Measurements at CERN help to re-evaluate the element of life
Results from experiments at CERN and the Jyväskylä Accelerator Laboratory in Finland, reported in Nature today, cast new light on the primary reaction that creates carbon in stars. All the carbon in the Universe, including that needed for carbon-based life forms such as ourselves, has been made in the hearts of stars through what is known as the “triple alpha reaction”. The new findings modify the rate at which the reaction occurs and have broad implications for astrophysics, from the formation of the first stars to the creation of the heaviest elements in supernovae.
"The connection between the subatomic world and the cosmos is fascinating. The example of carbon is an old problem with contributions from many heroes in the field. It is a pleasure to be able to answer some of the questions they have left for us. It is the technological development in the intervening years, for example at ISOLDE, that has made this possible," says from Hans Fynbo of the University of Aarhus, lead author of the paper.
The big bang created mainly only hydrogen (mass 1) and helium (mass 4), because there are no long lived atomic nuclei with mass 5 and 8 to make the bridge to heavier elements such as carbon (mass 12). But in the hearts of stars the formation of carbon is possible through the triple-alpha reaction, where three helium nuclei (alpha particles) fuse to make to make a nucleus of carbon-12.
Rather than recreate the scorching conditions inside stars, the team from CERN and eight other European universities and institutes watched the reaction unfold in reverse, as nuclei of carbon-12 broke into three alpha particles. To do this, they created boron-12 and nitrogen-12, which are short-lived isotopes of the elements that flank carbon in the Periodic Table. The boron-12 was produced at CERN’s ISOLDE facility, while the nitrogen-12 was created at the IGISOL facility at the Jyväskylä Accelerator Laboratory at the University of Jyväskylä. These unstable nuclei soon transformed into carbon-12, through beta decay, in which a proton changes into a neutron or vice versa; the carbon-12 then broke into three alpha particles.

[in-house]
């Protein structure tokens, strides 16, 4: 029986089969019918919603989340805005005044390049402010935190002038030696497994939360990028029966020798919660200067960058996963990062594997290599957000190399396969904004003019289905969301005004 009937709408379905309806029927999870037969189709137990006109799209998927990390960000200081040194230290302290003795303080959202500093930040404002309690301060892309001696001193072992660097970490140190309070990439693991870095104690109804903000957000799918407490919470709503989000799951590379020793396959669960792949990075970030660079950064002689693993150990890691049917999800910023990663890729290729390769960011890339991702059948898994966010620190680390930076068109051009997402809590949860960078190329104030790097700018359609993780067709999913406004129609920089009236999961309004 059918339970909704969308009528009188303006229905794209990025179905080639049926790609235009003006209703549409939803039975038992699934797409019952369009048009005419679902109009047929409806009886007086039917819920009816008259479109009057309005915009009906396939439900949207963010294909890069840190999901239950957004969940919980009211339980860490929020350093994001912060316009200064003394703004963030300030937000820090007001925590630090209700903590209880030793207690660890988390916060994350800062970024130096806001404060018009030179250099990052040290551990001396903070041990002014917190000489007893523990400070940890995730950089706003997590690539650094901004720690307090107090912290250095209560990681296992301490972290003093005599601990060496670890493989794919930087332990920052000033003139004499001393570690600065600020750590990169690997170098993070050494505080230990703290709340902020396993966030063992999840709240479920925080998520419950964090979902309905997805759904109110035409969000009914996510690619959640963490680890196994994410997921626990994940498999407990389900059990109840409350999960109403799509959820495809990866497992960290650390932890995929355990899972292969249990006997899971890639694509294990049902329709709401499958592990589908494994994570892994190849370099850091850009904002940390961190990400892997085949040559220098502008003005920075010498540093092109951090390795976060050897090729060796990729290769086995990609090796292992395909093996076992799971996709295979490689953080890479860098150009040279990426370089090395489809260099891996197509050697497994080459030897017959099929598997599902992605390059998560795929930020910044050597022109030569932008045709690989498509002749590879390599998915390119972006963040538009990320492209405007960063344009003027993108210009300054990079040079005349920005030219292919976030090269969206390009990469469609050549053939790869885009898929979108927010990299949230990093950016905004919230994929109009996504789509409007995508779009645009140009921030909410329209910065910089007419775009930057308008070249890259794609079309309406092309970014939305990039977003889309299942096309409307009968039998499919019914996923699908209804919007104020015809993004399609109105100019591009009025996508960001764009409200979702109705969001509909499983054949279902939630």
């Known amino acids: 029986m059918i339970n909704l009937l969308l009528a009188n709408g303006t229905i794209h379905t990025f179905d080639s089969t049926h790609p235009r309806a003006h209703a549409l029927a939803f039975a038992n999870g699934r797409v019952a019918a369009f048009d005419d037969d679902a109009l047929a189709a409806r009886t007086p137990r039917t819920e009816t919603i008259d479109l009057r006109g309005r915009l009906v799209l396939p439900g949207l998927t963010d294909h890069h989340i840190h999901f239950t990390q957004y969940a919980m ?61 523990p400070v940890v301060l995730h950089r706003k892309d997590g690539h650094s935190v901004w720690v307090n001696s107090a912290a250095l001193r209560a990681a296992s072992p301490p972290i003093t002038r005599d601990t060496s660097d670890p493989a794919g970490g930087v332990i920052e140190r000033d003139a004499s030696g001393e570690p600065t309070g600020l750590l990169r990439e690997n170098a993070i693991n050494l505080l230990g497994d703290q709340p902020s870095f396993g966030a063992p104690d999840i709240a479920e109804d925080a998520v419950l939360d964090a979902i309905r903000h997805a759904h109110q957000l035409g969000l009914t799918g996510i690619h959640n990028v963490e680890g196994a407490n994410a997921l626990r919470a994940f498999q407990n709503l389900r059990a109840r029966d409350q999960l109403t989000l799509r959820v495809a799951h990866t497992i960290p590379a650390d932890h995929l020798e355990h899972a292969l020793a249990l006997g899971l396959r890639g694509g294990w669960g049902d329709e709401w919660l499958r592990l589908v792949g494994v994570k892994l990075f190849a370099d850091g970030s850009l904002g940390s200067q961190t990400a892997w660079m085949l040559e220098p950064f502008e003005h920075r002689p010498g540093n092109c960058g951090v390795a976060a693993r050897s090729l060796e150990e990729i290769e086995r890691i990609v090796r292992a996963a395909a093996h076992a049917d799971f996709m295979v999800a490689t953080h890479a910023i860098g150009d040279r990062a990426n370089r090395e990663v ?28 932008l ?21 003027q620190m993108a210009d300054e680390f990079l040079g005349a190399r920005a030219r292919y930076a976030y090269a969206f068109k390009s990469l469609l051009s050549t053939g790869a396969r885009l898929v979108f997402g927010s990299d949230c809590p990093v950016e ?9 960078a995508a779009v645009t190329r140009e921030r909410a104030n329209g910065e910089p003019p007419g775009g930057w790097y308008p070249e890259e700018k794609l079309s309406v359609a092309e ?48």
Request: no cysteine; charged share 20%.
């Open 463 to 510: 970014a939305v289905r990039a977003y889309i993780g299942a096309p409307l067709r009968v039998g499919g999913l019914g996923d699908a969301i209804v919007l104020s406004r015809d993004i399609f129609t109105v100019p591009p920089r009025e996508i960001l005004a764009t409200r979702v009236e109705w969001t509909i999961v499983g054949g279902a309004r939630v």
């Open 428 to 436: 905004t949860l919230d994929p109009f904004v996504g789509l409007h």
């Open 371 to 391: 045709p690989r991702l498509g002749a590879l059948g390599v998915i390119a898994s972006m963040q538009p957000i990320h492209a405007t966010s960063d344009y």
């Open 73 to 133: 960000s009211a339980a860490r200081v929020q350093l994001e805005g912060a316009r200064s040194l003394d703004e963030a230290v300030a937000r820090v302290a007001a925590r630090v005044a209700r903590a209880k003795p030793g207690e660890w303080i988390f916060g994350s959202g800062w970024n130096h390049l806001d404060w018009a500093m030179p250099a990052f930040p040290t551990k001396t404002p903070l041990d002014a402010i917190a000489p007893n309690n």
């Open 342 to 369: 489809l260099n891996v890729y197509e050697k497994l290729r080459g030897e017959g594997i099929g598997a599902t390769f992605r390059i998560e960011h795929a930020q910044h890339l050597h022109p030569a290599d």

The ISOL method – isotope separation on line - originally pioneered and developed mainly at CERN played an important role in these experiments. “While ISOLDE at CERN could make the boron-12, IGISOL in Jyväskylä was needed to produce the nitrogen-12. This facility in Finland was specifically developed to complement ISOLDEs performance through its ability to produce very short-lived radioisotopes of chemically reactive elements such as nitrogen," said Juha Äysto, head of the group responsible for the experiment at the University of Jyväskylä.
By measuring precisely the timing and energies of alpha particles shooting from the samples, the researchers were able to infer the energy states of the carbon nuclei just before decay. With this information in hand, they were able to determine the rate for the triple alpha process over a wide range of temperatures, from 0.01 – 10 billion K.
For the conditions in most stars, the researchers’ calculated rates for the triple alpha process agree with previous calculations. But their findings suggest the triple alpha rate at the relatively low temperatures of the Universe’s first stars (around 0.05 billion K), which began without carbon, was much faster. This in turn implies that the amount of carbon that could catalyze hydrogen burning in the first stars was produced twice as fast as previously thought.
At high temperatures, above 1 billion K, the new results indicate that the triple alpha process would work significantly slower than previous estimates, modifying the process of element production - nucleosynthesis – in supernovae. These explosions of old massive stars are a major source of the heaviest elements, those more massive than iron, through interactions in the surrounding shock wave. The new results suggest a reduction in the amount of nickel-56 produced with subsequent effects for heavier elements.
This work was carried by a team from CERN and eight other European universities and institutes.
James Gillies | alfa